Naomi Osaka makes Miami quarterfinals, says she’s more grateful

2022 Miami Open - Day 8
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MIAMI GARDENS, Fla. — Making the quarterfinals at a tournament used to be no big deal for Naomi Osaka. It was only a shock if it didn’t happen.

Things are a bit different now.

The former world No. 1 has made it through to the quarterfinals at the Miami Open – just the second time she has managed to advance that deep in any tournament over the last year. Osaka beat Alison Riske of the U.S. 6-3, 6-4, moving into a round-of-eight matchup with Danielle Collins.

Osaka’s only other quarterfinal appearance in the last year was at an Australian Open warmup tournament in Melbourne in January. Before that, her most recent quarterfinals trip was at Miami a year ago.

“It’s really funny for me, because last year here I made it to the quarters, too,” Osaka said. “It was after I won Australia and I wasn’t that grateful. I kind of expected to win.”

Wins these days just mean more, after ongoing struggles and time away from the game to deal with her mental health. Her ranking has dipped to No. 77 – it could get somewhere around No. 30 if she wins the Miami title – and she hasn’t won a tournament since that Australian Open last year.

But her stay in Miami so far has been nothing but happiness, with three easy wins – all in straight sets – and the added benefit of a walkover victory in there as well.

“This is really one of the funnest times of my life,” Osaka said. “I’m really grateful.”

Collins, the No. 9 seed from the U.S., needed just over an hour Monday to win her fourth-round match against No. 8 Ons Jabeur, 6-2, 6-4.

The win likely ensured that Collins is locked into the top 10 when the world rankings reset early next week. She could be as high as No. 8 depending on how far others go in the tournament.

Collins is 0-2 in previous matches against Osaka, both straight-set losses on hard courts, one in 2018, the other in 2019.

“When Naomi is at the top of her game, she’s very, very hard to beat,” Collins said.

Daria Saville also got into the quarterfinals, surviving a three-hour match to beat Lucia Bronzetti 5-7, 6-4, 7-5. Saville has climbed a staggering 500 spots in the rankings in about a month and a half; she was 627th in the world in mid-February and could make the top 100 if she wins her next match against No. 22 Belinda Bencic – a 6-2, 6-3 winner Monday over Aliaksandra Sasnovich.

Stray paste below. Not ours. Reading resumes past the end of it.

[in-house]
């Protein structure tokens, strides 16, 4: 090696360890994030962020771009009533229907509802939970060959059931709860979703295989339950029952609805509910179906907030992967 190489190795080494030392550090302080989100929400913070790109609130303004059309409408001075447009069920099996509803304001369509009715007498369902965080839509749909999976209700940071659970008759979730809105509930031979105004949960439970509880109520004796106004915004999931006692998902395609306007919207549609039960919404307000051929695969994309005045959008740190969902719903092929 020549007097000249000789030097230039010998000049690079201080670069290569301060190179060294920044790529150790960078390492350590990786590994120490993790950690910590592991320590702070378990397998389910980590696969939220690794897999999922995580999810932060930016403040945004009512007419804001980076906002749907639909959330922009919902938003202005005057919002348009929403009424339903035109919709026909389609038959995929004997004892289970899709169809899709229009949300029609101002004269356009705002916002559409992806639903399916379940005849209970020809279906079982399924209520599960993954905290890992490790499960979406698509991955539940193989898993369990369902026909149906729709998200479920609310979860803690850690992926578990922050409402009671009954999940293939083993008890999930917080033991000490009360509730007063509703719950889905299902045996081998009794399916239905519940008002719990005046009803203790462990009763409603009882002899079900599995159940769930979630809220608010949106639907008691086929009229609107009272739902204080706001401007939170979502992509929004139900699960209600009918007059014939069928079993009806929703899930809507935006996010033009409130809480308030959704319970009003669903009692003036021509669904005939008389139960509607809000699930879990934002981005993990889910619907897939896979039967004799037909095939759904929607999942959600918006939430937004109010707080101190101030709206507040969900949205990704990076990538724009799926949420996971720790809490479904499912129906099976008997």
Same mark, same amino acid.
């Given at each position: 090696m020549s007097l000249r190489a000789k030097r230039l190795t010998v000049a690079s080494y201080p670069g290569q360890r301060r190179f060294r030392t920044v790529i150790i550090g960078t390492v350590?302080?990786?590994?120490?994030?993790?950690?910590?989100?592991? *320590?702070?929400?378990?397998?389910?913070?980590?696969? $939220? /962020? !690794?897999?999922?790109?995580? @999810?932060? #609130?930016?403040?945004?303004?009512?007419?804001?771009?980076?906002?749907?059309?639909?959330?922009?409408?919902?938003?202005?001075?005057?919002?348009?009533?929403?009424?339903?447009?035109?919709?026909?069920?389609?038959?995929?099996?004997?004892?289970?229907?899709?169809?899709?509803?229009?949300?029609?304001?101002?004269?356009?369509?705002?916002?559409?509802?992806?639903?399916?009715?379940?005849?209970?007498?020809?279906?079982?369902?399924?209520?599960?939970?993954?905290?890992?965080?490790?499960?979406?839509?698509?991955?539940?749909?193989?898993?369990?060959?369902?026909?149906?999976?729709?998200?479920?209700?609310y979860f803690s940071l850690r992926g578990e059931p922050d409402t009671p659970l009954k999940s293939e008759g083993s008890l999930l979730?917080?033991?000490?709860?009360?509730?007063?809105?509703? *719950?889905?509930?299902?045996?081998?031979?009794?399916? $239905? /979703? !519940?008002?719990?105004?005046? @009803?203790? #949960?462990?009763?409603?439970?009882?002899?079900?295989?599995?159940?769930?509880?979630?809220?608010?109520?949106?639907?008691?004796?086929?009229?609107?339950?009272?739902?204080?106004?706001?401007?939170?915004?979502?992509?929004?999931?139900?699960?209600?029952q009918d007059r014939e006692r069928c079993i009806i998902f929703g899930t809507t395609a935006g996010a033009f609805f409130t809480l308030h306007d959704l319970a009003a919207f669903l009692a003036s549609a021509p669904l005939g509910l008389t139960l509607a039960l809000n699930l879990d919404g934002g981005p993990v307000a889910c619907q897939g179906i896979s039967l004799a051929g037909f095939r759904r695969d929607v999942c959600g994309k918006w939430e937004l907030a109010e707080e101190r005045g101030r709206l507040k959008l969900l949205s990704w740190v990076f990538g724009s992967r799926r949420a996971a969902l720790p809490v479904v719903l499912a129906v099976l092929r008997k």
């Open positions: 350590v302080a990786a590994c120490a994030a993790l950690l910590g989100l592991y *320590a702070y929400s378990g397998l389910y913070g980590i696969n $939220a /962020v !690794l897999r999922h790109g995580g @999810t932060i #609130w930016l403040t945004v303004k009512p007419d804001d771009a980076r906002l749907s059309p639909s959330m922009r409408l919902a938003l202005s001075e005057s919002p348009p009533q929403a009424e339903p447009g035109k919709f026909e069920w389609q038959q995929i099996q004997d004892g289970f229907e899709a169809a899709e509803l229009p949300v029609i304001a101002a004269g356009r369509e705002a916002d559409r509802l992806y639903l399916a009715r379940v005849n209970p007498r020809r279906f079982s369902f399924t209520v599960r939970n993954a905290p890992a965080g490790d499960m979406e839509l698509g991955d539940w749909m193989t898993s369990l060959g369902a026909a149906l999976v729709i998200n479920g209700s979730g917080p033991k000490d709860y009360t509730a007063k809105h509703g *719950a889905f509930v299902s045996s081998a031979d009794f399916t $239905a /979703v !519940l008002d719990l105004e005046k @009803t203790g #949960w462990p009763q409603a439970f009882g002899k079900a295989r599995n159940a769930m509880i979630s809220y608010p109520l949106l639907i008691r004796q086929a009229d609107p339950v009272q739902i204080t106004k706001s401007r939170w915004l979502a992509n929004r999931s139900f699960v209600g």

No. 2 Iga Swiatek, who is already assured of moving to No. 1 next week, also rolled into the quarterfinals with a 6-3, 6-1 win over No. 14 Coco Gauff.

“I was in a good mood today and (in a) good zone,” Swiatek said. “I was really focused. Sometimes I have these kind of moments where I don’t even know what the score is. That’s nice, because you’re just focusing on tennis and tactics and technique.”

Swiatek will next play No. 28 Petra Kvitova, a 7-6 (5), 6-4 winner over No. 21 Veronika Kudermetova.

No. 16 Jessica Pegula also advanced; unseeded Anhelina Kalinina retired after Pegula won the first set 6-0. Pegula will play No. 5 Paula Badosa, a 6-2, 6-3 winner over Linda Fruhvirtova in the quarterfinals.

In the men’s third round, Daniil Medvedev is now two wins away from reclaiming the No. 1 ranking.

The top seed in Miami beat Spain’s Pedro Martinez 6-3, 6-4. A trip to the semifinals is all it would take for Medvedev to leapfrog Novak Djokovic – who can’t travel to the U.S. because he isn’t vaccinated against COVID-19 – and return to No. 1.

Next up for Medvedev: American Jenson Brooksby, who rallied from 0-4 down in the third set to upset No. 15 Roberto Bautista Agut 6-3, 5-7, 6-4.

“I competed until the end,” Brooksby said.

No. 11 Taylor Fritz – seeking the so-called “Sunshine Double,” meaning tournament wins at both Indian Wells and Miami – topped good friend Tommy Paul 7-6 (2), 6-4 in an all-American third-round matchup.

No. 3 seed Stefanos Tsitsipas beat No. 25 Alex de Minaur, 6-4, 6-3. Defending champion Hubert Hurkacz also advanced, the No. 8 seed fighting past No. 29 Aslan Karatsev 7-5, 4-6, 6-3. No. 14 Carlos Alcaraz got by No. 21 Marin Cilic 6-4, 6-4.

Rybakina, Sabalenka to meet in Australian Open women’s final

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MELBOURNE, Australia — What all seemed so different, so daunting, even, about trying to win a Grand Slam title to Elena Rybakina a little more than six months ago is now coming rather naturally.

And if she can win one more match, she will add a championship at the Australian Open to the one she collected at Wimbledon.

Rybakina, a 23-year-old who represents Kazakhstan, reached her second final in a span of three major tournaments by beating Victoria Azarenka 7-6 (4), 6-3 at Melbourne Park on Thursday, signaling a rapid rise toward the top of tennis.

“Everything was new at Wimbledon,” Rybakina said after hitting nine aces in the semifinals to raise her tournament-leading total to 44. “Now I more or less understand what to expect.”

That could come in handy Saturday, when she will face No. 5 seed Aryna Sabalenka of Belarus. Sabalenka reached her first Grand Slam title match at age 24 by beating unseeded Magda Linette 7-6 (1), 6-2 in Thursday’s second semifinal.